I’m stumped. I’ve hit a wall. More than one most likely.
I don’t know how to think about artificial intelligence. Well, that’s a rather broad statement. After all, I’ve done quite a bit of thinking about it. Six of my most recent articles here at 3QD about been about it, and who know how many blog posts, working papers, and formal academic papers going back for decades. I’ve thought a lot about it. And yet I’ve hit a wall.
First I should say that it’s only relatively recently that I’ve given a great deal of focal attention to artificial intelligence as such. What I’ve been interested in all these years has been the human mind, which I’ve often approached from a computational point of view, as I explained in From “Kubla Khan” through GPT and beyond. In pursuing that interest I read widely in the cognitive sciences, including A.I. My objective was always to understand the human mind and never to create an artificial human being.
It’s the prospect creating of an artificial human being that has me stumped. Of course, an artificial intelligence isn’t necessarily an artificial human being. Computer systems that plays chess or Jeopardy at a championship level are artificial intelligences, but they certainly aren’t artificial human beings. ChatGPT or any of recent large language models (LLMs) are artificial intelligences, but they aren’t artificial human beings.
But the capability of these recent systems, certainly the LLMs, but other systems as well, are so startling that, it seems to me, that they have changed the valence, for lack of a better word, of inquiry into the computational view of the human mind. What do I mean by that, by valence? My dictionary links the term with chemistry and with linguistics. In both contexts the term is about capacity for combination, the ability of one element to join with others in forming chemical compounds, the ability of a word to combine with others in a sentence. Something like that.
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Back in 1950 Alan Turing wrote a paper in which he proposed what he called the “imitation game,” which has come to be known as the Turing Test. The object of this game was to determine whether or not an artificial system was capable of thinking. Turing proposed to answer the question in any particular case by asking whether or not the system could convince human judges that it was human. Turing had a very specific proposal about that, but we can set that aside for our present purposes. Somewhat later in the paper Turing speculated that “at the end of the century the use of words and general educated opinion will have altered so much that one will be able to speak of machines thinking without expecting to be contradicted.” That was not the case in 2000 nor is it yet the case. For the most part, “general educated opinion” remains somewhere between skepticism and firm denial, albeit now leavened with confusion, doubt, and fear.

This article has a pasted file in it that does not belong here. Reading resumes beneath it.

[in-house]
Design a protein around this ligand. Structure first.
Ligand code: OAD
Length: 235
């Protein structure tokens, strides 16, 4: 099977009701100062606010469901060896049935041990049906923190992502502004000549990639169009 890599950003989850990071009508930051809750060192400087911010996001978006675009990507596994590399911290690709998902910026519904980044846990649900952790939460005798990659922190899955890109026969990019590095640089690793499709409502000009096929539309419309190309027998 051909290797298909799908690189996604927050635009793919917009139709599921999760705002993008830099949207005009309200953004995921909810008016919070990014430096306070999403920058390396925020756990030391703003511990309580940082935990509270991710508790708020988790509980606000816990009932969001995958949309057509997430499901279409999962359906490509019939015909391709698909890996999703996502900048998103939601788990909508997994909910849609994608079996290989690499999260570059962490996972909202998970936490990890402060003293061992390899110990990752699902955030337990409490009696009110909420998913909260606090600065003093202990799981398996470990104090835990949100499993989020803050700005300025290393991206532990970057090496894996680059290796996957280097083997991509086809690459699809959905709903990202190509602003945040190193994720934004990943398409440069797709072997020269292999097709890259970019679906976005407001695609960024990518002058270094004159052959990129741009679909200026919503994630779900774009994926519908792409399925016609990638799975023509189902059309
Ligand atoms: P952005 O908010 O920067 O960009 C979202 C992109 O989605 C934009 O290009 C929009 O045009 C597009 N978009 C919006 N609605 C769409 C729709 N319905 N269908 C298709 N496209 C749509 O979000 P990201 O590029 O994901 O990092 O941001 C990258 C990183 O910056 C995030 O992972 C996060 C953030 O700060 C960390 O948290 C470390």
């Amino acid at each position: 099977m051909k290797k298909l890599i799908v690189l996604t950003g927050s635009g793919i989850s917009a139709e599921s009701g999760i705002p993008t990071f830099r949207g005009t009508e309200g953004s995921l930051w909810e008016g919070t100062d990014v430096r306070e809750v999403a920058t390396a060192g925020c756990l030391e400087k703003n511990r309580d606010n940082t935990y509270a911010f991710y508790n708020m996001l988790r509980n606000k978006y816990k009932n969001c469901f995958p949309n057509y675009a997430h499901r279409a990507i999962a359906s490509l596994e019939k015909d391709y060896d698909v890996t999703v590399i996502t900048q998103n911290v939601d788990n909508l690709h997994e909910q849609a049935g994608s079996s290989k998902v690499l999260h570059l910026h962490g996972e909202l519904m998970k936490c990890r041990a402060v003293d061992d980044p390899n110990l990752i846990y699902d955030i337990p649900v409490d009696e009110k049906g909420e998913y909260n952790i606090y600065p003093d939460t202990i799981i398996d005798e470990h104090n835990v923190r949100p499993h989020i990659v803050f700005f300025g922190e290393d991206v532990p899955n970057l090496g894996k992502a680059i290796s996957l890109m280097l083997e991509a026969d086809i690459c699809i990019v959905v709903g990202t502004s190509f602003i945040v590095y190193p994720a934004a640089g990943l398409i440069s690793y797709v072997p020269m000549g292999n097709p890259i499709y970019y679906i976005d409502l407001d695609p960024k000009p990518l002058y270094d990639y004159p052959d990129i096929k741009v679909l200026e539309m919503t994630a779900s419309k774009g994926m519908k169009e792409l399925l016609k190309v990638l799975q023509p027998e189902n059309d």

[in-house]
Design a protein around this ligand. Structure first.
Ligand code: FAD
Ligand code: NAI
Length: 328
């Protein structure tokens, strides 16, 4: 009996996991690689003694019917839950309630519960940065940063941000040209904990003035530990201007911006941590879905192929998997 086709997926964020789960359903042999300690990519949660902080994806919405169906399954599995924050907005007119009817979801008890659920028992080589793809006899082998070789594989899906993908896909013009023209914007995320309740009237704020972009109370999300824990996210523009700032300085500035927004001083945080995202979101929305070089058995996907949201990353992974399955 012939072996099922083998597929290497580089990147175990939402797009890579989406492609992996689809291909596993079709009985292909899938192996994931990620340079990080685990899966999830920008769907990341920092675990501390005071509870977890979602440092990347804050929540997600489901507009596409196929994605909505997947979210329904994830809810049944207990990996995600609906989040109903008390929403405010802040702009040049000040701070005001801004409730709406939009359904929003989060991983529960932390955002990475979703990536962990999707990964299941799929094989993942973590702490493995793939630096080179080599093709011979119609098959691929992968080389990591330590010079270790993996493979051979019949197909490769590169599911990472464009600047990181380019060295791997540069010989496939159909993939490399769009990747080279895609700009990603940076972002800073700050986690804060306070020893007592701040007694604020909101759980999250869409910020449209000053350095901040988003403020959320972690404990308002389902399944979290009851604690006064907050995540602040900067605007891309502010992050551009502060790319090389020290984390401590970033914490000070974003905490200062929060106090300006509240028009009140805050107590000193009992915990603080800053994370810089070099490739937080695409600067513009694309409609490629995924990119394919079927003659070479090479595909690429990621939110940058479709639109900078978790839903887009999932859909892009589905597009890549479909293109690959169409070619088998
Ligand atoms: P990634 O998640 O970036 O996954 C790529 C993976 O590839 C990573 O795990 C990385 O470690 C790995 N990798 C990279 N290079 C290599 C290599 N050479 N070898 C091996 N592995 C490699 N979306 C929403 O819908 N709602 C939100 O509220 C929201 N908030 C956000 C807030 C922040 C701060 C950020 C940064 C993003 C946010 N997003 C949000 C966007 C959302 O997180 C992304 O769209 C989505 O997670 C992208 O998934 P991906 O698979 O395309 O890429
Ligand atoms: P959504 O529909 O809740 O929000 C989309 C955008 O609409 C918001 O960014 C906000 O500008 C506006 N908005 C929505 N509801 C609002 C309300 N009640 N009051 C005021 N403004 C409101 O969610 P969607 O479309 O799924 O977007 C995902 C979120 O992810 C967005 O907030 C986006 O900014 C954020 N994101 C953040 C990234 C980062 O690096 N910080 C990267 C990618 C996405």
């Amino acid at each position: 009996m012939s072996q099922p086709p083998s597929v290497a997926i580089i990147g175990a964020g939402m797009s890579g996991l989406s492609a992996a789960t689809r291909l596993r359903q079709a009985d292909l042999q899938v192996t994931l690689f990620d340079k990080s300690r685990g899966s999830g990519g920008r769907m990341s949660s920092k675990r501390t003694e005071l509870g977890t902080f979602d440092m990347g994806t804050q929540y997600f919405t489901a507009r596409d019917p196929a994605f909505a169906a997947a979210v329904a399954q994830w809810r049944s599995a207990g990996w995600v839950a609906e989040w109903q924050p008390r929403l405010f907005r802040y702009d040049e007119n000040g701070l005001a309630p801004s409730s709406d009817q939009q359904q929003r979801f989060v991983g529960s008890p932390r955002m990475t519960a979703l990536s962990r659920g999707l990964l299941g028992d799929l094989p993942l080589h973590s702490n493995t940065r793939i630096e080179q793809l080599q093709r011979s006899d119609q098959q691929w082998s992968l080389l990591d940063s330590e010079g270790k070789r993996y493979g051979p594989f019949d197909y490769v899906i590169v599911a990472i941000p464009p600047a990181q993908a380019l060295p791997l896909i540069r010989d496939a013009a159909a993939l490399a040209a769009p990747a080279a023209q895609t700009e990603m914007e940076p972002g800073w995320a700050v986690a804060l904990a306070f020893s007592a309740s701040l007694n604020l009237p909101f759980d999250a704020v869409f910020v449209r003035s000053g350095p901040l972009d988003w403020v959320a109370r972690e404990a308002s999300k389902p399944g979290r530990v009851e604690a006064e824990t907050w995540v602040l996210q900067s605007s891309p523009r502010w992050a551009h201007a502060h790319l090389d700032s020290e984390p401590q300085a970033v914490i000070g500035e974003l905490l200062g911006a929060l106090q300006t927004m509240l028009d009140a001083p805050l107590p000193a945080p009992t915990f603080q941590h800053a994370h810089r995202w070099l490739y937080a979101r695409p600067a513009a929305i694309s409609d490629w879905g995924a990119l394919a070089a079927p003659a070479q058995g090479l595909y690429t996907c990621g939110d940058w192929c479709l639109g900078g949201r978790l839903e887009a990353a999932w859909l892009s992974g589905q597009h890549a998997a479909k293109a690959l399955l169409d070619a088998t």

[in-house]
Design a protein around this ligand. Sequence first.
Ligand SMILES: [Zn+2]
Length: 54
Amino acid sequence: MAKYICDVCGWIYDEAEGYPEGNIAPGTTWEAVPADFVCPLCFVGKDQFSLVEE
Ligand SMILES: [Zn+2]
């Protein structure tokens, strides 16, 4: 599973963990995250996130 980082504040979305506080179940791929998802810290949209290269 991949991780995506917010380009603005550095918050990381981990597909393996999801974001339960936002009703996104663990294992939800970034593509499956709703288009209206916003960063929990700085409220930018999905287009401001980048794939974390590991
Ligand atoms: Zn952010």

That leavening is a consequence of the behavior of widely available chatbots, starting with ChatGPT, that exhibit remarkable linguistic skill. When Turing wrote that paper there was no machine that could be entered into the imitation game. Turing’s speculation was an abstract possibility, no more. That is no longer the case. Correlatively, there is now a segment of highly educated opinion that believes that full artificial intelligence is inevitable. Just when that will happen is not obvious and estimate range from a decade or so on up.
That is by no means obvious to me. For various reasons, some of them laid out by Ali Minai in The Ghost in the Machine (Part II): Simplifying the Ghost of AI, I remain skeptical about that. But I’m quite sure we are going to see some remarkable technology evolve from now into the indefinite future. The question of artificial has become real and present in a way that it wasn’t for Turing and his peers. That’s what I mean when I say the valence has changed.